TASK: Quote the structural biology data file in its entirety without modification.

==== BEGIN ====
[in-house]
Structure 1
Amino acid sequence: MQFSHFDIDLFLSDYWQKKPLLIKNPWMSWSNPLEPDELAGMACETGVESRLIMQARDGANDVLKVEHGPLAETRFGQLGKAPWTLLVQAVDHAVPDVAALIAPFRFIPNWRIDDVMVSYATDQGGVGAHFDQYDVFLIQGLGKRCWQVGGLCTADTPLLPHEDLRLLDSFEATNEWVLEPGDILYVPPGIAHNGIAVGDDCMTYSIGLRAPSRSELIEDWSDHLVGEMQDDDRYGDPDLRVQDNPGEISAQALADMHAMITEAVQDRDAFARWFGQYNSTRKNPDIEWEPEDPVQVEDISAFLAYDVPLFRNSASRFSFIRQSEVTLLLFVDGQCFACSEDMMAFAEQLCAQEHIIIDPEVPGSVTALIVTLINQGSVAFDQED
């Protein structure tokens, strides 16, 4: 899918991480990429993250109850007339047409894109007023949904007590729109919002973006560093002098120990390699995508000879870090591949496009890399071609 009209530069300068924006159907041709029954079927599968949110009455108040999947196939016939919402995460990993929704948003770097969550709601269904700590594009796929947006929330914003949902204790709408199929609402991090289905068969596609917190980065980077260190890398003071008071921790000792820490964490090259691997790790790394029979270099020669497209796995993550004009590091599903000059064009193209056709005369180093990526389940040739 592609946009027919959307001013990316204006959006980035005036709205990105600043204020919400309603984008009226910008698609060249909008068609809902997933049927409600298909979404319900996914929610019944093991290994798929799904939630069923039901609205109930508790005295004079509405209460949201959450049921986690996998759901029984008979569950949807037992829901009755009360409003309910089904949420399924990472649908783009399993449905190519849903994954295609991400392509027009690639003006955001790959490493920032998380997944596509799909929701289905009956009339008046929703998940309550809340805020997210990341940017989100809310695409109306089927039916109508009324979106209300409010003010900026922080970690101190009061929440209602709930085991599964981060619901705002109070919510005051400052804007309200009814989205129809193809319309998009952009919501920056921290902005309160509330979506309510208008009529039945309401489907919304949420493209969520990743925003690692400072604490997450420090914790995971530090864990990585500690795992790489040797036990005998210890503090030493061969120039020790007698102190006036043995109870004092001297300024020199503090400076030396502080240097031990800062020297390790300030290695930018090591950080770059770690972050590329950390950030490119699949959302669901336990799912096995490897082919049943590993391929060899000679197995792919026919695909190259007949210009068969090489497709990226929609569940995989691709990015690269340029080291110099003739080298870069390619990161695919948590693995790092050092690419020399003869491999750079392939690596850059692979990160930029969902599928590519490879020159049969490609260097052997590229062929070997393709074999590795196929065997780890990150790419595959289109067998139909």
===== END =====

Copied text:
[in-house]
Structure 1
Amino acid sequence: MQFSHFDIDLFLSDYWQKKPLLIKNPWMSWSNPLEPDELAGMACETGVESRLIMQARDGANDVLKVEHGPLAETRFGQLGKAPWTLLVQAVDHAVPDVAALIAPFRFIPNWRIDDVMVSYATDQGGVGAHFDQYDVFLIQGLGKRCWQVGGLCTADTPLLPHEDLRLLDSFEATNEWVLEPGDILYVPPGIAHNGIAVGDDCMTYSIGLRAPSRSELIEDWSDHLVGEMQDDDRYGDPDLRVQDNPGEISAQALADMHAMITEAVQDRDAFARWFGQYNSTRKNPDIEWEPEDPVQVEDISAFLAYDVPLFRNSASRFSFIRQSEVTLLLFVDGQCFACSEDMMAFAEQLCAQEHIIIDPEVPGSVTALIVTLINQGSVAFDQED
């Protein structure tokens, strides 16, 4: 899918991480990429993250109850007339047409894109007023949904007590729109919002973006560093002098120990390699995508000879870090591949496009890399071609 009209530069300068924006159907041709029954079927599968949110009455108040999947196939016939919402995460990993929704948003770097969550709601269904700590594009796929947006929330914003949902204790709408199929609402991090289905068969596609917190980065980077260190890398003071008071921790000792820490964490090259691997790790790394029979270099020669497209796995993550004009590091599903000059064009193209056709005369180093990526389940040739 592609946009027919959307001013990316204006959006980035005036709205990105600043204020919400309603984008009226910008698609060249909008068609809902997933049927409600298909979404319900996914929610019944093991290994798929799904939630069923039901609205109930508790005295004079509405209460949201959450049921986690996998759901029984008979569950949807037992829901009755009360409003309910089904949420399924990472649908783009399993449905190519849903994954295609991400392509027009690639003006955001790959490493920032998380997944596509799909929701289905009956009339008046929703998940309550809340805020997210990341940017989100809310695409109306089927039916109508009324979106209300409010003010900026922080970690101190009061929440209602709930085991599964981060619901705002109070919510005051400052804007309200009814989205129809193809319309998009952009919501920056921290902005309160509330979506309510208008009529039945309401489907919304949420493209969520990743925003690692400072604490997450420090914790995971530090864990990585500690795992790489040797036990005998210890503090030493061969120039020790007698102190006036043995109870004092001297300024020199503090400076030396502080240097031990800062020297390790300030290695930018090591950080770059770690972050590329950390950030490119699949959302669901336990799912096995490897082919049943590993391929060899000679197995792919026919695909190259007949210009068969090489497709990226929609569940995989691709990015690269340029080291110099003739080298870069390619990161695919948590693995790092050092690419020399003869491999750079392939690596850059692979990160930029969902599928590519490879020159049969490609260097052997590229062929070997393709074999590795196929065997780890990150790419595959289109067998139909």